Houses next to roads / Walking: In Mozambique and Malawi (particularly), many houses are built right up next to the main national highways! People walk into and out of their houses at will and it is very worrying being on a motorbike when at any moment one of the doors could swing open and a couple of children could run out onto the street. Also streets are used by children (some as young as four or five years old) to walk to school. As you can imagine, kids often play / fool around at this age, with little regard to the major national highway that is right next to them. I often wonder about parents / governments that would let their young children walk to school (sometimes for tens of kilometres) along a national highway. I would be interested to know what the actual pedestrian fatality rate is in these countries – at a guess I would think that the figure would be pretty close to the HIV statistics.

Motorcycles: The majority of motorcycles in Africa are <200cc, so they have much less power / speed than my motorbike. As a result, motorbikes are on the bottom of the food chain in terms of vehicles on the road. I cannot begin to count the amount of times that I was either pushed off the road by another vehicle swerving into my lane or had to career of the road when an oncoming car decided to overtake (using my lane). Because motorbikes are smaller, other vehicles seem to think they deserve less road space and therefore the left over space is up for grabs. There seems to be very little regard for the rights of the motorbike rider on African roads. I have had many close calls!

People / livestock on the roads: Throughout my journey (except in SA), national highways are used by pedestrians to walk from one place to the next. In Ethiopia, this was particularly bad as people there seem to have very little road sense. Even adults would walk out onto the streets without even so much as a glance to check whether there is an oncoming traffic. The roads are also used to transport livestock which adds to the problem. Herds of cattle / sheep / camels / goats / donkeys are conveyed along the roads from one place to the next. There is no telling in which direction scared and nervous livestock will run. As a result the roads, particularly those in Ethiopia, were extremely dangerous.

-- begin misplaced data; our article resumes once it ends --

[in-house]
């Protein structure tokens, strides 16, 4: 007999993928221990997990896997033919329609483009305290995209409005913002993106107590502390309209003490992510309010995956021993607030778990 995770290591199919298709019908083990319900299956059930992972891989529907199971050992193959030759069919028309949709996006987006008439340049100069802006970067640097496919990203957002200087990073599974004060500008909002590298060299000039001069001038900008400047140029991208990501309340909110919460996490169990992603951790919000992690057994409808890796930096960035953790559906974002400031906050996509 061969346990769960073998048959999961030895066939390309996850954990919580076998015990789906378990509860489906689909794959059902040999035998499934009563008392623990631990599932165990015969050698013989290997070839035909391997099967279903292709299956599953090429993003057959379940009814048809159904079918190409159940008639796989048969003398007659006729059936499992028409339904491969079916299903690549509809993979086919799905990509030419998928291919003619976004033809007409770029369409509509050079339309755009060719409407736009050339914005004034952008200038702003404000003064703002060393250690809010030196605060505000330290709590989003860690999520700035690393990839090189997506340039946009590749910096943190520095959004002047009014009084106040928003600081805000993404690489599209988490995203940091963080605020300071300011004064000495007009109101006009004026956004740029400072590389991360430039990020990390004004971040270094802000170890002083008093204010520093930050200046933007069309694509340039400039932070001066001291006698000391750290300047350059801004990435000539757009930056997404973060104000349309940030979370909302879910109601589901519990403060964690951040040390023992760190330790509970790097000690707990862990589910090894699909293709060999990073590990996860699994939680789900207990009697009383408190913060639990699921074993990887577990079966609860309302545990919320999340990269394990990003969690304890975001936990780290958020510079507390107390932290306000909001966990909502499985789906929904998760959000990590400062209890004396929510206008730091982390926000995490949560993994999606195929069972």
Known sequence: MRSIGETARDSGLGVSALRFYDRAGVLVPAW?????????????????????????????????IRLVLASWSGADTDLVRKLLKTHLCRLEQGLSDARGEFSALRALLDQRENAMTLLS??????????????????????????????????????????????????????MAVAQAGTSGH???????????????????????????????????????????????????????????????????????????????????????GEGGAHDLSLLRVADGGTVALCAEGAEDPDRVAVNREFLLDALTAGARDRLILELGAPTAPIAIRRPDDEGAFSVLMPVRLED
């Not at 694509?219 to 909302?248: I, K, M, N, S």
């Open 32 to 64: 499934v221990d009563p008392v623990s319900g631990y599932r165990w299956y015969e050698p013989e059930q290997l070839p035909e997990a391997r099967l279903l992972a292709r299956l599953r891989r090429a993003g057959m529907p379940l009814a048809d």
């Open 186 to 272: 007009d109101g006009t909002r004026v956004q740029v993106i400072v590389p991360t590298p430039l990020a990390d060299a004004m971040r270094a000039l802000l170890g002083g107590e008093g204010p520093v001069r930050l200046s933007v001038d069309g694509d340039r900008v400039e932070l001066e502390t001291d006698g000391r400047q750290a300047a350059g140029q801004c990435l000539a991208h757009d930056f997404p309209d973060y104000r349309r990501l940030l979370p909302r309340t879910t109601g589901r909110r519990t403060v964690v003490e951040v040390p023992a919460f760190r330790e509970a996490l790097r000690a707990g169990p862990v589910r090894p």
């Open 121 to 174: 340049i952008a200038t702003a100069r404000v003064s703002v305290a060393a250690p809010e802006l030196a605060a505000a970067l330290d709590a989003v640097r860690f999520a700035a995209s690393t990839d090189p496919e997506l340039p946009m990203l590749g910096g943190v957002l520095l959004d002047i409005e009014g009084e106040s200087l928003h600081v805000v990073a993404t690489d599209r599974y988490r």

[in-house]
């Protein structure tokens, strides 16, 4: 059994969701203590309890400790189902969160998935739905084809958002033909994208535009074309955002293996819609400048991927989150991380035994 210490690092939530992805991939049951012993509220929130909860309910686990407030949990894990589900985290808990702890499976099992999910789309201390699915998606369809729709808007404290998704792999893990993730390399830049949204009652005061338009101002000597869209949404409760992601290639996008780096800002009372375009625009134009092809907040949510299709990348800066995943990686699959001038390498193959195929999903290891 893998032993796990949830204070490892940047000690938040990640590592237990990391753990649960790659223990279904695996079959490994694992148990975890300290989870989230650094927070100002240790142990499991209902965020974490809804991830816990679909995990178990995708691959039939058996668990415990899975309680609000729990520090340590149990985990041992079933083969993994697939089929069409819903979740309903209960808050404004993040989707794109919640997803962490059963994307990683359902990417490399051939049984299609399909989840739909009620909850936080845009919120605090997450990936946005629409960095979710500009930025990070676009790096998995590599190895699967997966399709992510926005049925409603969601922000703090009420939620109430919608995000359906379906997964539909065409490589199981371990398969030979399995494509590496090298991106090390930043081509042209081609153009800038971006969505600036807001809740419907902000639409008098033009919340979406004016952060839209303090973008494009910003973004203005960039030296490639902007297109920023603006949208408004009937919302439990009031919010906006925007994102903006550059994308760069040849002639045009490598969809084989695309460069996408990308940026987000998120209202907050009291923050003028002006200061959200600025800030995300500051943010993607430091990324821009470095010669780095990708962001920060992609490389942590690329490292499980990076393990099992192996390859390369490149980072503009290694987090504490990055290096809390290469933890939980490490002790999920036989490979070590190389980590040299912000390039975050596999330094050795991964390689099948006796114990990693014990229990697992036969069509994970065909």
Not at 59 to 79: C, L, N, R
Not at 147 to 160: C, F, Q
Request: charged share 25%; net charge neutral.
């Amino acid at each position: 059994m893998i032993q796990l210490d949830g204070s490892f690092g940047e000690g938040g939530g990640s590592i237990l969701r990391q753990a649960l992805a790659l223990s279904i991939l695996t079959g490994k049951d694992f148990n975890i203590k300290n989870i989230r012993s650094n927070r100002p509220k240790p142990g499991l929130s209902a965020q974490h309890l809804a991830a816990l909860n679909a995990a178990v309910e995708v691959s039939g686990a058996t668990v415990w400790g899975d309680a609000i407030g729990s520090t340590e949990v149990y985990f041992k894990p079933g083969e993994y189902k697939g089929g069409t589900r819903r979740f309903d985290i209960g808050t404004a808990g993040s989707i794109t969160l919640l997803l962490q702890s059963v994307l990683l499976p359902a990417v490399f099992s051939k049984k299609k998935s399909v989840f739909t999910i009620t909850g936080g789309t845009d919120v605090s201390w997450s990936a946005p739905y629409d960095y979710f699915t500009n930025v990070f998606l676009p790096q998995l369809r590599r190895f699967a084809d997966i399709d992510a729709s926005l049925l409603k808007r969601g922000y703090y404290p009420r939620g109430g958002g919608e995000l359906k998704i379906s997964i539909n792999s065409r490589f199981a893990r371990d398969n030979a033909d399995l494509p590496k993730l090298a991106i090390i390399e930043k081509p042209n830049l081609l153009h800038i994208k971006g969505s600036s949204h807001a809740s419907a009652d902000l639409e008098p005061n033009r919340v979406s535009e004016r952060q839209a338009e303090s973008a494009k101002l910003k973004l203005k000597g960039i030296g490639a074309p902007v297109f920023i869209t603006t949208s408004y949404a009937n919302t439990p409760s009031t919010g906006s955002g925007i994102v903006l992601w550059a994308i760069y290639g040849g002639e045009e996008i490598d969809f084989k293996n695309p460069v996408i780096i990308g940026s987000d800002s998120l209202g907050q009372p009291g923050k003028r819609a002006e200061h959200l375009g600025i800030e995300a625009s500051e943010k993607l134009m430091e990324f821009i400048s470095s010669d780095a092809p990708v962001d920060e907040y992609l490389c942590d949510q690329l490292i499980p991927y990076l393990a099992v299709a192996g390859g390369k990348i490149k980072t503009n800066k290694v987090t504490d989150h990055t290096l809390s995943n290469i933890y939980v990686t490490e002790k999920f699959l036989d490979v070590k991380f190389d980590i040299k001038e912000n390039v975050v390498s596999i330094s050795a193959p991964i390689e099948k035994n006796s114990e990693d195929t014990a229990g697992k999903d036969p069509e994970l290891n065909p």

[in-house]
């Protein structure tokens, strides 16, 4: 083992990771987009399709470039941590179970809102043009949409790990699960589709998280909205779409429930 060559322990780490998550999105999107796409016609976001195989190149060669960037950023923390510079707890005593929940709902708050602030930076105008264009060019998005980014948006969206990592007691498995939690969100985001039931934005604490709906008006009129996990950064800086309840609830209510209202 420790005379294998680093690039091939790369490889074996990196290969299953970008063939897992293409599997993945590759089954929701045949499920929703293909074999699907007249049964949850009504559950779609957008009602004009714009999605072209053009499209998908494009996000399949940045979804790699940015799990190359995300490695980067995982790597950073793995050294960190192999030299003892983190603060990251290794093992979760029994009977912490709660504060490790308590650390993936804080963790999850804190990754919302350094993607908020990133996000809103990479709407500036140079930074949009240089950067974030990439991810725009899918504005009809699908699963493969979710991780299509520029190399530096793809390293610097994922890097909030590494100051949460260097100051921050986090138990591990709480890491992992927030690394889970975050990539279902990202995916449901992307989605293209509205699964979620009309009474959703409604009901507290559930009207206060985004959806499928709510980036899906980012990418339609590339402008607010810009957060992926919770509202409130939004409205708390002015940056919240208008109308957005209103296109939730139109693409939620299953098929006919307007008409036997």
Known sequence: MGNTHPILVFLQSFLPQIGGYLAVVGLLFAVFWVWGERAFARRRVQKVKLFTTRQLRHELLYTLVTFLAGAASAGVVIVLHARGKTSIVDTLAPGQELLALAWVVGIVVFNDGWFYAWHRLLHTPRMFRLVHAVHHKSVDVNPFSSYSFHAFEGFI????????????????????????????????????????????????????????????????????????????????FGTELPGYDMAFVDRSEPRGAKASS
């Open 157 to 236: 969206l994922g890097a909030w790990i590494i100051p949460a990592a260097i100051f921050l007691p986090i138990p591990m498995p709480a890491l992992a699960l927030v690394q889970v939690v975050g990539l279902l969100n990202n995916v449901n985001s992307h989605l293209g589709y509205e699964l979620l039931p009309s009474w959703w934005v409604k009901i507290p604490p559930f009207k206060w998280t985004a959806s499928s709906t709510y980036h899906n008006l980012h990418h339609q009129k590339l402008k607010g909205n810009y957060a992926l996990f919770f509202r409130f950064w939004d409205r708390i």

Kids throwing stones etc (Ethiopia): Read the postscript (“My view on the people of Ethiopia”) on my blog on Ethiopia.

Queuing: North of Kenya, people do not seem to understand the concept of queuing or just waiting your turn. No queues are formed or enforced by the officials – instead it is replaced by pushing, shoving, shouting and fighting to try and get through. Any trips to banks, shopping centres or border posts turned into a nightmare. Many sense-of-humour failures are witnessed – including mine on quite a few occasions! Absolute chaos! Ridiculous!

Rubbish Disposal: Throughout Africa there seems to be no concept of rubbish disposal. Streets and towns are scattered with rubbish and it is not uncommon to see people simply dropping their rubbish on the floor. I am not sure who they think will pick it up? At a hostel that I stayed at in Sudan, I had placed some rubbish in the rubbish bin only to walk past the same rubbish the next day - it had been thrown over the back wall of the hostel! I was also shocked to see about 10 full black rubbish bags that had been accumulated on the Lake Nasser ferry being dumped over the back of the ferry directly into the lake!